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Department of Archaeology


Phytolith Analysis

Identifying the plants utilised in weaving from this period is difficult. At some sites such as Ohalo I there are exceptionally good preservation conditions, but these sites are found mainly in the more temperate south. Some suggestions for the plants utilised have been made based on impressions or pollen (see Adavasio et al., 1997 and Soffer et al. 2000b) but an alternative methodology to macro-remain analysis is needed. This project suggests phytolith analysis as the alternative.

Phytoliths are inorganic structures created throughout the lifetime of the plant through the deposition of silica within and between the cells. They are deposited in the soil through the decay or burning of plant matter (Piperno, 1988, 2006; Thomson and Rapp, 1989; Ball et al., 1999). Phytolith analysis to look at weaving has been suggested by Hurcombe (2000) and carried out at sites such as Chatalhoyuk (see Rosen, 2005; Wendrich, 2005; and Ryan, 2011). Because phytoliths preserve better than macrobotanical remains due to being composed of inorganic silica they can be found at sites without special preservation conditions.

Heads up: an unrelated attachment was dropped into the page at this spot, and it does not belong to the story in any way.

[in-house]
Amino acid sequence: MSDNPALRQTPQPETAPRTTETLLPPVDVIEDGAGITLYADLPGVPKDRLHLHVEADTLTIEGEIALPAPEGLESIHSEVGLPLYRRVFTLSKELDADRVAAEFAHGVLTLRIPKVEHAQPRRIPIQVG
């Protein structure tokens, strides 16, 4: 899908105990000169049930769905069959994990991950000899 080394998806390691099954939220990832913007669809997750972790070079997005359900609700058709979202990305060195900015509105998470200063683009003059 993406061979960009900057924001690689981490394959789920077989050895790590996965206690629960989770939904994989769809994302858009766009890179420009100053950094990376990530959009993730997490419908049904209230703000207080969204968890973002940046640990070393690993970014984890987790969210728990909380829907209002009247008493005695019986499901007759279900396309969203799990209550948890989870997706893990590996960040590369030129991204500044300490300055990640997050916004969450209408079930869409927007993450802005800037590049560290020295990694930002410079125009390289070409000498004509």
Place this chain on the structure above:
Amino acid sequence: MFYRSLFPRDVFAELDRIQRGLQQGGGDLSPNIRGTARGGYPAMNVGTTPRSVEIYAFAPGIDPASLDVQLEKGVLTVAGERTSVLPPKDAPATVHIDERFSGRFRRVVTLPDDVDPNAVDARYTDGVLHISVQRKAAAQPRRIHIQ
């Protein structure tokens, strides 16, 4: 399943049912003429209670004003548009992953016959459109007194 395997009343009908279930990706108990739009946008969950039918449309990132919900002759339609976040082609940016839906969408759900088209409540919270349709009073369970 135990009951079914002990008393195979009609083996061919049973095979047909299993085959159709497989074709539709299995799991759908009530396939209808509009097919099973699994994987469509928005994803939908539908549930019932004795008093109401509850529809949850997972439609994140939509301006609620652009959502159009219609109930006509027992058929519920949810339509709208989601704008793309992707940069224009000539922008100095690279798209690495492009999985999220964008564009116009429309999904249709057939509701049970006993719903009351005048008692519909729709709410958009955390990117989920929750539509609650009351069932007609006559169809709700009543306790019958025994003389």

Phytolith reference collections have tended to focus on species of economic importance and so the first stage of this project, presented here, is to look at the species that may have been utilised in the Eurasian Upper Palaeolithic and create a phytolith reference collection. The images created in this process can be seen at the bottom of this page and can be used as reference for future analysis.




Updated: 2012-08-15. First published: 2012-08-15.
Copyright © 2012--2012 Lila Janik and Jennifer Bates
Information provided by Lila Janik and Jennifer Bates